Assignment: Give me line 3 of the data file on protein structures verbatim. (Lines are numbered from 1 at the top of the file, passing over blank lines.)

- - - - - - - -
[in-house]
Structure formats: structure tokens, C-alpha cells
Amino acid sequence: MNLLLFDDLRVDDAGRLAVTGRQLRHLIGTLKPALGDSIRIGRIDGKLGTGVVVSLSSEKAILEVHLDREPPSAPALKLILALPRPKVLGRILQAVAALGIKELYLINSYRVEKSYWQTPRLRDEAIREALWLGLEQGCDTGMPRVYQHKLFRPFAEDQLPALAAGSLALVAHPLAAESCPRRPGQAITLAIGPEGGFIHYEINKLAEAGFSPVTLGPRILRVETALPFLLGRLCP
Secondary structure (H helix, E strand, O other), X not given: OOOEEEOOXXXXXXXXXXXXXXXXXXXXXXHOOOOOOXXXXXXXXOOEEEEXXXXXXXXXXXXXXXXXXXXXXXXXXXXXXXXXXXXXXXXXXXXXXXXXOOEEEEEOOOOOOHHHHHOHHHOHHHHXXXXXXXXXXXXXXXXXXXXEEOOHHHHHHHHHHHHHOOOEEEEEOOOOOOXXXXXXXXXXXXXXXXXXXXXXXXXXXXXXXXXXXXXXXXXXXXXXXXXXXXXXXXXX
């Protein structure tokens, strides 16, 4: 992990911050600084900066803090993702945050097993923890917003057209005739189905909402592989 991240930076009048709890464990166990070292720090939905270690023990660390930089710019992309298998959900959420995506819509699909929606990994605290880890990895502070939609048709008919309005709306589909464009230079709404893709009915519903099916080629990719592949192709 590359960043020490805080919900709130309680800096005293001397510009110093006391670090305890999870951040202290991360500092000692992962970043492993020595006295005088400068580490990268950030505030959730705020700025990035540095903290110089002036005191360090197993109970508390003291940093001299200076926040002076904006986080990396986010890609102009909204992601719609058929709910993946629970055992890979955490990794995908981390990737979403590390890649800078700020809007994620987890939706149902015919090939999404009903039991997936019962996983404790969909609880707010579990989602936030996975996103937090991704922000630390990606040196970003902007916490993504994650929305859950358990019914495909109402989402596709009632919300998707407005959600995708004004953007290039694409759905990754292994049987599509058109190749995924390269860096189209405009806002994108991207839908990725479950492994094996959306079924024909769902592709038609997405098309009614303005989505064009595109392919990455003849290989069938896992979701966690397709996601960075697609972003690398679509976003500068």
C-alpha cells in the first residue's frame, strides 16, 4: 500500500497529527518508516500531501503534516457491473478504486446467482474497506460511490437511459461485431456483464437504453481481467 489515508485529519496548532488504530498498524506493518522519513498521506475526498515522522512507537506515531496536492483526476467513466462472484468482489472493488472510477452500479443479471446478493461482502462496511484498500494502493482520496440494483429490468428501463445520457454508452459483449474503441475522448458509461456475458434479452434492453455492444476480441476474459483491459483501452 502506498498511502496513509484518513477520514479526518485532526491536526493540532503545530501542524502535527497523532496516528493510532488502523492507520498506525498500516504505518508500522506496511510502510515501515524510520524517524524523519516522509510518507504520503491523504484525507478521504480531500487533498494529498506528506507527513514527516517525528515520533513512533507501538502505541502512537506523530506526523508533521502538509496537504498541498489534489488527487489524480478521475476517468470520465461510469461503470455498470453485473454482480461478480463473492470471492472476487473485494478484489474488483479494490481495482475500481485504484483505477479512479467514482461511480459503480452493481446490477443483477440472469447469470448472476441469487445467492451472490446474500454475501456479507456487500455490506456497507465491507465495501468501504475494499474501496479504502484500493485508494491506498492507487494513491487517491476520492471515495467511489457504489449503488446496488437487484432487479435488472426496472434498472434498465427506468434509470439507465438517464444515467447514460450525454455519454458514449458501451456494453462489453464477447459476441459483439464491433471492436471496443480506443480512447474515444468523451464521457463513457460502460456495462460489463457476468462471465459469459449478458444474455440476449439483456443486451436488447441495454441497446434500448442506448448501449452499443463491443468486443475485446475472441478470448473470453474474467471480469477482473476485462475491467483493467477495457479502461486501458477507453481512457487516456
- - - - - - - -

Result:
Amino acid sequence: MNLLLFDDLRVDDAGRLAVTGRQLRHLIGTLKPALGDSIRIGRIDGKLGTGVVVSLSSEKAILEVHLDREPPSAPALKLILALPRPKVLGRILQAVAALGIKELYLINSYRVEKSYWQTPRLRDEAIREALWLGLEQGCDTGMPRVYQHKLFRPFAEDQLPALAAGSLALVAHPLAAESCPRRPGQAITLAIGPEGGFIHYEINKLAEAGFSPVTLGPRILRVETALPFLLGRLCP